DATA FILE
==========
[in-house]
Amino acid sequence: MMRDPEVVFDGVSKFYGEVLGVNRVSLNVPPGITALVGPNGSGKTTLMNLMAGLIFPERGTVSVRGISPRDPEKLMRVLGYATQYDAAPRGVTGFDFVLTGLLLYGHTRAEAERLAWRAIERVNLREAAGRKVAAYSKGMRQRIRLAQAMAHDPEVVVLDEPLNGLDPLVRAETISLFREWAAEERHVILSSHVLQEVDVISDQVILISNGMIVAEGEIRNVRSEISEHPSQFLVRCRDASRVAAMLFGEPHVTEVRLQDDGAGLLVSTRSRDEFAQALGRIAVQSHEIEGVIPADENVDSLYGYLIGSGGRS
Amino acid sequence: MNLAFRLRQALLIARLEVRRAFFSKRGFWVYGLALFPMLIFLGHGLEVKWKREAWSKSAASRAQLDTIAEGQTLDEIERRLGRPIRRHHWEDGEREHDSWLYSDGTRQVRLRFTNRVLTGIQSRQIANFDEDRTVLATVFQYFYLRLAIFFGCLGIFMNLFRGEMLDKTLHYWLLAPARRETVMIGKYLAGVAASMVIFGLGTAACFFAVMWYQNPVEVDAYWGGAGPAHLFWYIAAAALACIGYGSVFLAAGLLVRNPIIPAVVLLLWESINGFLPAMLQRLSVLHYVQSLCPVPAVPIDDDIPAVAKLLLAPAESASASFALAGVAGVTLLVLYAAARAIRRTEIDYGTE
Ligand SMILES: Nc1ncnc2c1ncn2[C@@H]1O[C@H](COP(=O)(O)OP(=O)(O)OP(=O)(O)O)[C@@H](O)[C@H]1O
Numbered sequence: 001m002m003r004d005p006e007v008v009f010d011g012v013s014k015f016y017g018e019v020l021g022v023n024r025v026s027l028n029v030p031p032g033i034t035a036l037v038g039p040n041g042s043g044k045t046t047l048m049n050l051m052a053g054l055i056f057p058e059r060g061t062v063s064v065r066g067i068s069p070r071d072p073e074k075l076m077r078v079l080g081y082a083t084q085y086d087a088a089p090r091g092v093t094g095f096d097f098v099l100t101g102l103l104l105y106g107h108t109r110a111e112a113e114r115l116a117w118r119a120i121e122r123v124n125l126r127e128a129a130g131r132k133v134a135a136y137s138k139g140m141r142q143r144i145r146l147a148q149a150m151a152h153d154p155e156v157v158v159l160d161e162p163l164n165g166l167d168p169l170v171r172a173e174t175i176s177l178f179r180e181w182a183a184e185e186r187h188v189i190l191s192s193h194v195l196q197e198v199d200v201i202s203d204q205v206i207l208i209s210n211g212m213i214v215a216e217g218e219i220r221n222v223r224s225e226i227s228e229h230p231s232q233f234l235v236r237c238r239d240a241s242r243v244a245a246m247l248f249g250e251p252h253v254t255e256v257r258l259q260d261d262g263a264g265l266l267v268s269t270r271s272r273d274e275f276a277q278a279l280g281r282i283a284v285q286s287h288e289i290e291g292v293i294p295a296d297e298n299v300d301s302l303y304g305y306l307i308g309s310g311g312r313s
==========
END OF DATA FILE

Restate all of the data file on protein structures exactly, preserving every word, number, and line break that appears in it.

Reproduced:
[in-house]
Amino acid sequence: MMRDPEVVFDGVSKFYGEVLGVNRVSLNVPPGITALVGPNGSGKTTLMNLMAGLIFPERGTVSVRGISPRDPEKLMRVLGYATQYDAAPRGVTGFDFVLTGLLLYGHTRAEAERLAWRAIERVNLREAAGRKVAAYSKGMRQRIRLAQAMAHDPEVVVLDEPLNGLDPLVRAETISLFREWAAEERHVILSSHVLQEVDVISDQVILISNGMIVAEGEIRNVRSEISEHPSQFLVRCRDASRVAAMLFGEPHVTEVRLQDDGAGLLVSTRSRDEFAQALGRIAVQSHEIEGVIPADENVDSLYGYLIGSGGRS
Amino acid sequence: MNLAFRLRQALLIARLEVRRAFFSKRGFWVYGLALFPMLIFLGHGLEVKWKREAWSKSAASRAQLDTIAEGQTLDEIERRLGRPIRRHHWEDGEREHDSWLYSDGTRQVRLRFTNRVLTGIQSRQIANFDEDRTVLATVFQYFYLRLAIFFGCLGIFMNLFRGEMLDKTLHYWLLAPARRETVMIGKYLAGVAASMVIFGLGTAACFFAVMWYQNPVEVDAYWGGAGPAHLFWYIAAAALACIGYGSVFLAAGLLVRNPIIPAVVLLLWESINGFLPAMLQRLSVLHYVQSLCPVPAVPIDDDIPAVAKLLLAPAESASASFALAGVAGVTLLVLYAAARAIRRTEIDYGTE
Ligand SMILES: Nc1ncnc2c1ncn2[C@@H]1O[C@H](COP(=O)(O)OP(=O)(O)OP(=O)(O)O)[C@@H](O)[C@H]1O
Numbered sequence: 001m002m003r004d005p006e007v008v009f010d011g012v013s014k015f016y017g018e019v020l021g022v023n024r025v026s027l028n029v030p031p032g033i034t035a036l037v038g039p040n041g042s043g044k045t046t047l048m049n050l051m052a053g054l055i056f057p058e059r060g061t062v063s064v065r066g067i068s069p070r071d072p073e074k075l076m077r078v079l080g081y082a083t084q085y086d087a088a089p090r091g092v093t094g095f096d097f098v099l100t101g102l103l104l105y106g107h108t109r110a111e112a113e114r115l116a117w118r119a120i121e122r123v124n125l126r127e128a129a130g131r132k133v134a135a136y137s138k139g140m141r142q143r144i145r146l147a148q149a150m151a152h153d154p155e156v157v158v159l160d161e162p163l164n165g166l167d168p169l170v171r172a173e174t175i176s177l178f179r180e181w182a183a184e185e186r187h188v189i190l191s192s193h194v195l196q197e198v199d200v201i202s203d204q205v206i207l208i209s210n211g212m213i214v215a216e217g218e219i220r221n222v223r224s225e226i227s228e229h230p231s232q233f234l235v236r237c238r239d240a241s242r243v244a245a246m247l248f249g250e251p252h253v254t255e256v257r258l259q260d261d262g263a264g265l266l267v268s269t270r271s272r273d274e275f276a277q278a279l280g281r282i283a284v285q286s287h288e289i290e291g292v293i294p295a296d297e298n299v300d301s302l303y304g305y306l307i308g309s310g311g312r313s